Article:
Thursday, October 3, 2013

The Mulligan Marginal Tax Rate

Casey Mulligan has published a truly amazing chart in his latest Wall Street Journal op-ed asserting the following:
The chart nearby shows an index of marginal tax rates for non-elderly household heads and spouses with median earnings potential. The index, a population-weighted average over various ages, occupations, employment decisions (full-time, part-time, multiple jobs, etc.) and family sizes, reflects the extra taxes paid and government benefits forgone as a consequence of working. The 2009-10 peak for marginal tax rates comes from various provisions of the "stimulus" programs in the American Recovery and Reinvestment Act of 2009 and the extension of unemployment benefits to 99 weeks in some states. At the end of 2012, the marginal tax rate index reached its lowest value since 2008: 43.9%. A little over a year later (January 2014), the index will be close to 50%, driven up by the expiration of the payroll tax cut and multiple provisions of the Affordable Care Act.
I have to admit that I have yet to read his NBER paper from which his graph is supposedly taken, but something in all of this looks mighty odd to me. The graph starts in the good old Bush43 days before the Great Recession. I realize that the “1 percent” paid marginal tax rates close to 36% on their Federal income taxes and perhaps a bit extra depending on what state they lived in. But these same folks had a zero marginal tax rate from payroll taxes. Yet, the payroll tax holiday and its expiration change the Mulligan marginal tax rate calculation dramatically. OK, there are a lot of households that were affected by the payroll tax holiday and its expiration even at the margin, but their marginal income tax rate was never anywhere close to 36%. So one has to wonder how few households face anything remotely close to the marginal rates presented in this graph. Given its pro-Republican spin value, Greg Mankiw dutifully linked to it under The Coming Tax Hike supposedly from “The-Not-So-Affordable Care Act” but provided absolutely no commentary or insights. I guess you’ve guessed by now that I’m not buying this Mulligan but it also seems I should go read his NBER paper. Any insights from other economists on whether this chart makes any sense or not would be greatly appreciated.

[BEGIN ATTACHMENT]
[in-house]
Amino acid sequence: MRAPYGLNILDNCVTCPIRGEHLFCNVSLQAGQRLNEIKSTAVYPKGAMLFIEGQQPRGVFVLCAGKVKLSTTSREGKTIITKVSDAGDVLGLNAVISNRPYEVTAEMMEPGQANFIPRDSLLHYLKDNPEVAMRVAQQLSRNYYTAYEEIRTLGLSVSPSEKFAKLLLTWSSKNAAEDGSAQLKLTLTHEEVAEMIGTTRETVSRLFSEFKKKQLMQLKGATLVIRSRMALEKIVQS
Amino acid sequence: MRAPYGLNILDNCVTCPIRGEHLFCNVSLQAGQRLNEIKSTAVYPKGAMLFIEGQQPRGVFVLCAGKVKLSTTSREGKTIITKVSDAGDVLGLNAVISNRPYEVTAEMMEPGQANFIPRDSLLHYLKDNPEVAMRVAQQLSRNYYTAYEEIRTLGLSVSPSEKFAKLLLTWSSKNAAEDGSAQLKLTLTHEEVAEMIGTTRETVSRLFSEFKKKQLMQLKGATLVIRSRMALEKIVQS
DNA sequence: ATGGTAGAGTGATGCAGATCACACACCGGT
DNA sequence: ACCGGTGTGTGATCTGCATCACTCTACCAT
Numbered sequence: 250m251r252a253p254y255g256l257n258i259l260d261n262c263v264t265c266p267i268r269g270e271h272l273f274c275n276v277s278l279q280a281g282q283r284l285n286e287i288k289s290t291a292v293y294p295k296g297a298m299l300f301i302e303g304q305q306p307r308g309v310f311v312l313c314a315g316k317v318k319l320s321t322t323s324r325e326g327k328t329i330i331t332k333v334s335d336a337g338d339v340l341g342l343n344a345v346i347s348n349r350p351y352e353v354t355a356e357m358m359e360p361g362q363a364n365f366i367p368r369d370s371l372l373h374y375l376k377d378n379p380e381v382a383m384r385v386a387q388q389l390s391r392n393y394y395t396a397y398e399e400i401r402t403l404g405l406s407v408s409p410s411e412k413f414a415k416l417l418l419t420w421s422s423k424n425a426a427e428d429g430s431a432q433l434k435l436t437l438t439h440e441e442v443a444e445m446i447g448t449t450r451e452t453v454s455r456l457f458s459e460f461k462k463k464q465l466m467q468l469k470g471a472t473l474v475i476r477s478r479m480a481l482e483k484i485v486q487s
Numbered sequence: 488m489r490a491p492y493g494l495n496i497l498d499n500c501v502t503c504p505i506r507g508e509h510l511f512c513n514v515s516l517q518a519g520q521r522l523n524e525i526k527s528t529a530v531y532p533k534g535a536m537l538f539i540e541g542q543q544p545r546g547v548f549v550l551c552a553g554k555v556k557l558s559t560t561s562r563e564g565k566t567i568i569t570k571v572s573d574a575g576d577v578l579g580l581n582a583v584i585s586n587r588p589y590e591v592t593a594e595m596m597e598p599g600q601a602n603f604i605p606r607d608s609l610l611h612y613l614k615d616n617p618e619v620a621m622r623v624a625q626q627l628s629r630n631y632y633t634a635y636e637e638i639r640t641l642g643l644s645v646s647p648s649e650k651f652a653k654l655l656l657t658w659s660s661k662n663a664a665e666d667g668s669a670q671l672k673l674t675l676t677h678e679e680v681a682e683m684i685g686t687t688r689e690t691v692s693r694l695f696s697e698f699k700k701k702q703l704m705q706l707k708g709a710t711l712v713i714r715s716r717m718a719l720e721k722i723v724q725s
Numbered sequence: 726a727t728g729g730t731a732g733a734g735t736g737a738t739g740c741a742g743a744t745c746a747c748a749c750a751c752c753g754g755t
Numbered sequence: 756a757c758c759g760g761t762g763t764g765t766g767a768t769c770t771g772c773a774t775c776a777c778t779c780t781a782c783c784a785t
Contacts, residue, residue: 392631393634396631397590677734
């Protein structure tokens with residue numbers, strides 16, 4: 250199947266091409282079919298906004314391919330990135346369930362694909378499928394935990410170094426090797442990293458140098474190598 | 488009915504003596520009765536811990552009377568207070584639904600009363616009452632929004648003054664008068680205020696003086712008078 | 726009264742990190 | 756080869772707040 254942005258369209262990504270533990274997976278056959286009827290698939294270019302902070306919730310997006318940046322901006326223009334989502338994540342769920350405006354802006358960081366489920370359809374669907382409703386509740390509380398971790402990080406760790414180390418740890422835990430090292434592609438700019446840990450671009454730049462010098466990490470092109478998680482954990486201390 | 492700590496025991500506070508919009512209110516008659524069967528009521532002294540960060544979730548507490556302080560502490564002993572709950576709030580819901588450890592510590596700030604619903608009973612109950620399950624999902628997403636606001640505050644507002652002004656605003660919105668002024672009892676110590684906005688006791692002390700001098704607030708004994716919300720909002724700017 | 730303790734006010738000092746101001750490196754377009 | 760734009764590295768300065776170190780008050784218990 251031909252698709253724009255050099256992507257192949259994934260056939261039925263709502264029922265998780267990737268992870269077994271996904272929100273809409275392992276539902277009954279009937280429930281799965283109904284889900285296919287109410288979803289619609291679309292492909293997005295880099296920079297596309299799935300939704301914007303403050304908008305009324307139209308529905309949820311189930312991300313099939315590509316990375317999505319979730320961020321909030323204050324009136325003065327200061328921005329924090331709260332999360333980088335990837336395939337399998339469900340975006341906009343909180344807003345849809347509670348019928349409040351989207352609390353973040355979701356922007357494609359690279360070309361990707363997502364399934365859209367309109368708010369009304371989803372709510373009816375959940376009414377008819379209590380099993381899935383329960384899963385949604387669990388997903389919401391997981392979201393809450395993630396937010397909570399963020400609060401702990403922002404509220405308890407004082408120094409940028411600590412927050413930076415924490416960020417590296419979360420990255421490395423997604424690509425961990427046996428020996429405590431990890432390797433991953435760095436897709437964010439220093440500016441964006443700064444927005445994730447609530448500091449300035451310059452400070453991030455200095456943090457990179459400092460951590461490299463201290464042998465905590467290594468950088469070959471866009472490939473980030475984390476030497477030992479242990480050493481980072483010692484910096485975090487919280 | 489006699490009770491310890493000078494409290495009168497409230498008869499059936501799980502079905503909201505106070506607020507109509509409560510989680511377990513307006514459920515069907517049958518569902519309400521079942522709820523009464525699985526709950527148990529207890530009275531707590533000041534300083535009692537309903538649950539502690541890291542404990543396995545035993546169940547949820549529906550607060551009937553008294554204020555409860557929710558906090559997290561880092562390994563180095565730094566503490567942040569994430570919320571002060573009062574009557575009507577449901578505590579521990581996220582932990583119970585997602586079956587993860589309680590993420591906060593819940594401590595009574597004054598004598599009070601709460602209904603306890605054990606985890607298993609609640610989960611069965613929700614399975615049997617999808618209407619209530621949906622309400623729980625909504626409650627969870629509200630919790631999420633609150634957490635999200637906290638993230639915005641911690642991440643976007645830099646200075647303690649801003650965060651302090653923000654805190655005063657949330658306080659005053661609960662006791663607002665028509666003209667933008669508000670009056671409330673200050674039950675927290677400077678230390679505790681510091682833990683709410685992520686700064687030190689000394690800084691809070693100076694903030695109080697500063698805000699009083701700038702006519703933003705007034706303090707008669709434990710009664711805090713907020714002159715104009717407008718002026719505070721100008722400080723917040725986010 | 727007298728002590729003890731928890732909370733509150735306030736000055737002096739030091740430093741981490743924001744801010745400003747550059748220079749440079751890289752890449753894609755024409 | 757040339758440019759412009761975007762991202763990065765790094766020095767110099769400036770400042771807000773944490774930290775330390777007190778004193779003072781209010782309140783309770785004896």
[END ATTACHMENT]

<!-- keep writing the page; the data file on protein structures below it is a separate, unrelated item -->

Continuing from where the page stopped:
1 comment:

JW Mason said...

The graph shows the ratio of income of a non-working household to a similar household earning the median wage. In other words, the "tax" here includes not only what we normally think of as taxes, but also the loss of means-tested benefits as your market income increases.

We can debate the relevance of this construct but it is not crazy or wrong in any obvious way.

(I heard him present this work yesterday and had a chance to talk to him about it a bit afterwards. I can tell you, I was very skeptical, but if your reaction is "that's just stupid," you need to think about it more.)